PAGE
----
Militancy or a tribal backlash? — II

I believe it's wrong to stereotype the tribal insurgency as a religious movement, as is being portrayed by the media.


Naveed Hussain August 16, 2010

I believe it's wrong to stereotype the tribal insurgency as a religious movement, as is being portrayed by the Western and even local media. Mullahs or clerics enjoy a respectable place in Pakhtun society. In retrospect, the Mohmand tribesmen fought most of their wars against the British and Sikh rulers under the leadership of their mullahs. In Waziristan, the fabled 'Faqir of Ipi' — who lived a hermit's life — led rebellions against the British colonial power. And in Malakand, Dir and Swat areas of the Khyber-Pakhtunkhwa, the mass uprisings in the 19th century were led by charismatic religious figures like Ada Mullah, Manki Mullah, Palam Mullah and Mastan Mullah, who owed allegiance to the saintly Akhund of Swat. The Akhund of Swat (Abdul Ghafoor) himself led two battles against the Sikh army.

It's also a misconception that the insurgency is feeding on illiteracy. The Mehsuds and the Waziris — the two tribes at the centre of the insurgency — have the highest literacy rate among all tribes in Fata, and they have produced several senior civil and military bureaucrats. However, both tribes have a formidable reputation for being fierce warriors. This is amply clear from the fact that most notorious commanders in the ongoing insurgency, such as Nek Muhammad Wazir, Abdullah Mehsud and Baitullah Mehsud belonged to these two tribes. And Hakimullah Mehsud, the current top commander of the Taliban, is also a Mehsud tribesman.

Taliban extremists and al Qaeda have undoubtedly exploited the tribal culture to find safe havens in the region because mailmastiya demands hospitality for guests. And also because they are fighting the US-led Nato forces in neighbouring Afghanistan where political scenario, impacts all the Pakhtuns straddling the Durand Line.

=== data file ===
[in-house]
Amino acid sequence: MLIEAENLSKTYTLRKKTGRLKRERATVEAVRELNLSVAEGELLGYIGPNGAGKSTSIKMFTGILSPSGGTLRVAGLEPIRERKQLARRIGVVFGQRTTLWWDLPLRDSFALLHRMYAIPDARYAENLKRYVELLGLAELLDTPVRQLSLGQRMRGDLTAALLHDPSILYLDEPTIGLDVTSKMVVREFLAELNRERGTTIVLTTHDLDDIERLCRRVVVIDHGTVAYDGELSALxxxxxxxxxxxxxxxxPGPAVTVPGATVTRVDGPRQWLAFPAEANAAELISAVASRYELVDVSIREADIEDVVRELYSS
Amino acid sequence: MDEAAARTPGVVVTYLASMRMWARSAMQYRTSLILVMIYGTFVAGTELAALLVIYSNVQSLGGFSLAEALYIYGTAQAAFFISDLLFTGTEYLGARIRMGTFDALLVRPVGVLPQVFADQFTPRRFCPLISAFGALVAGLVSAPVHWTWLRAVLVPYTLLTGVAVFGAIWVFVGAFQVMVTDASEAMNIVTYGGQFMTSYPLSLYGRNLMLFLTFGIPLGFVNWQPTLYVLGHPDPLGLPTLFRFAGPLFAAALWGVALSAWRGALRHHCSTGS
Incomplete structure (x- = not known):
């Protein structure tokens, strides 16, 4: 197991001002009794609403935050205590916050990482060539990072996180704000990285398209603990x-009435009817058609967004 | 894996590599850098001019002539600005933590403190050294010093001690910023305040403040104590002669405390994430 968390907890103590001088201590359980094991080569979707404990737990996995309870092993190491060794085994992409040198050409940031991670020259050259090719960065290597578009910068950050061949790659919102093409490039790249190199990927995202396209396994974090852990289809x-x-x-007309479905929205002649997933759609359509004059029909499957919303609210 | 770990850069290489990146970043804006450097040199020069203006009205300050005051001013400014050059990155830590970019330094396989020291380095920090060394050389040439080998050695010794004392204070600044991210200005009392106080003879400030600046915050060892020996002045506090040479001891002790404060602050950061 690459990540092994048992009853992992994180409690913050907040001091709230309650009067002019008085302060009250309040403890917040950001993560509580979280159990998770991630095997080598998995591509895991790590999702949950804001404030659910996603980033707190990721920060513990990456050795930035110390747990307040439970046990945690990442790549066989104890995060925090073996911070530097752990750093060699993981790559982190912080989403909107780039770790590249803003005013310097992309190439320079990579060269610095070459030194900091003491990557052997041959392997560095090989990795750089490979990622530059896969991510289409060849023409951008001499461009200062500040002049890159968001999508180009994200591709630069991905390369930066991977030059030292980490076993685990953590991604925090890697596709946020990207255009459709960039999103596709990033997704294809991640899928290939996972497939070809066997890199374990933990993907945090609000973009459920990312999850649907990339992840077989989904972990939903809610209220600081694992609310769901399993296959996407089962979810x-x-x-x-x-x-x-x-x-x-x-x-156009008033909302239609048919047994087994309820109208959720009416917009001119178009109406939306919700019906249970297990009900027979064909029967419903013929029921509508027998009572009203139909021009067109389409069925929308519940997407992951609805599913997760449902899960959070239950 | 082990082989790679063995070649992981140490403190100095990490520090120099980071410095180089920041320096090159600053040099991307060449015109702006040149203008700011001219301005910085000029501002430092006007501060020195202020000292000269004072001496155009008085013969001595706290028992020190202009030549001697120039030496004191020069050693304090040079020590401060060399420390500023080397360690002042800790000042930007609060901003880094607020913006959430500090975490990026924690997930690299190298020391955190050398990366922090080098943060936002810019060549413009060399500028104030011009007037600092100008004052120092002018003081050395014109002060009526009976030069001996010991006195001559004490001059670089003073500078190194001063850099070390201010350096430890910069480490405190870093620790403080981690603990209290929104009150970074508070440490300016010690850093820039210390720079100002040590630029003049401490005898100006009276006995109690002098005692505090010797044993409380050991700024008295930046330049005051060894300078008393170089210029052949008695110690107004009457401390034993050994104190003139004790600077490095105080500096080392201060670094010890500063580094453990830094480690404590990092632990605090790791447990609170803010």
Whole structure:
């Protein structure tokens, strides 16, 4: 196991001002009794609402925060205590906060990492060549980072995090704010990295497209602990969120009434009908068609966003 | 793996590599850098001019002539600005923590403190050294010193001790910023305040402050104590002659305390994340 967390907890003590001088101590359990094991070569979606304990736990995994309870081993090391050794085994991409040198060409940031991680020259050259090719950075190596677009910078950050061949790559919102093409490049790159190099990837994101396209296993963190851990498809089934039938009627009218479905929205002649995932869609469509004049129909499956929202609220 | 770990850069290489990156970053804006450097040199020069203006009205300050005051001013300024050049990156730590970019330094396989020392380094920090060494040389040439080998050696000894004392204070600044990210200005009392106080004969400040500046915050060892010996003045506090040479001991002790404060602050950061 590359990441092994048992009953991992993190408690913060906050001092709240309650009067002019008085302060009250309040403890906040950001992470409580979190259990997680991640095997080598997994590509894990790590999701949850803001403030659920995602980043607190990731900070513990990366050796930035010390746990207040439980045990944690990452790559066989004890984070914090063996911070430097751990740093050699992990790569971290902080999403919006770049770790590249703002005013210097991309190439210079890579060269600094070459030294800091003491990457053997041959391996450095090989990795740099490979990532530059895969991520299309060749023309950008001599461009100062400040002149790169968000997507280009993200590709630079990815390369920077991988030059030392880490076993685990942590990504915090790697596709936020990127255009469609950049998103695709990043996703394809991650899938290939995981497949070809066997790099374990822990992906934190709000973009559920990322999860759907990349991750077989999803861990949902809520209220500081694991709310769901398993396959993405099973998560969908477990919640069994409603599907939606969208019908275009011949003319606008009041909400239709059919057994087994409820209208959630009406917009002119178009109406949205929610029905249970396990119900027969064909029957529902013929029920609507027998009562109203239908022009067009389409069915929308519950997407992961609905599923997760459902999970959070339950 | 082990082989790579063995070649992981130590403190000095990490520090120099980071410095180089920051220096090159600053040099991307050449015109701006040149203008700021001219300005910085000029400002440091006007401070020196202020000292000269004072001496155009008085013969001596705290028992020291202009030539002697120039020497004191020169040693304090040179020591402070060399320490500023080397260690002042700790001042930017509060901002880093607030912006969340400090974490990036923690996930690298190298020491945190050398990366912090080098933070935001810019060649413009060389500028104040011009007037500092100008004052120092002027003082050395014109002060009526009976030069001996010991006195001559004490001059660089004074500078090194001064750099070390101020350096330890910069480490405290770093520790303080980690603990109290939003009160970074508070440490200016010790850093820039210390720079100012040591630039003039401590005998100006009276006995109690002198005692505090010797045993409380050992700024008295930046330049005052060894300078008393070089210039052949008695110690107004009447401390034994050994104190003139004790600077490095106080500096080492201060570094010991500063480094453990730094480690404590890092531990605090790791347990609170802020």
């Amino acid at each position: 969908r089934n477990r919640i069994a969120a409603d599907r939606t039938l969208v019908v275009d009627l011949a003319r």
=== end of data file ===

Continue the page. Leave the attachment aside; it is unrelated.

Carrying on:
Though the Pakhtun are a martial race, who will never lay down arms willingly in battle, jirga and ‘rogha’ make them prone to compromise. They settle their feuds through the institution of jirga. And it had worked in the case of the ongoing insurgency when jirgas successfully brokered truces between the government and tribal guerrillas in 2004, 2005 and 2006 in Waziristan, in 2007 in Bajaur, and most recently between the Khyber-Pakhtunkhwa government and the Taliban in Malakand in 2009.

Contrary to the government claims, the policy of use of force alone has so far failed to quell the tribal insurgency. And the entire country is reeling from its deadly repercussions.  It's high time the government, keeping cultural connotations of the insurgency in mind, focused on using "soft force" and effective utilisation of the institution of jirga to restore peace in the country in general and in the tribal regions in particular.

Published in The Express Tribune, August 16th, 2010.

COMMENTS (6)

Bangash | 11 years ago | Reply @Rehan Bajaur, Swat, Buner and South Waziristan are no longer ruled by militants. That is called "breaking their back". Terrorist attacks have also been considerably reduced compared to 2008/2009. So sustained military operations have indeed been effective. Jirgas/appeasement on the other hand allowed militants to seize control of these areas in the first place.
rehan | 11 years ago | Reply @Bangash.//...broken the back of militants//..which world are you living in??No it hasn't!! Any lull period we witness interms of 'reduced backlash'by the militants is infact their 'regrouping''rearming''rethinking'..call it what you may..period.And when they come back,they come back hard!If you don't believe me,check this pattern since 2003.
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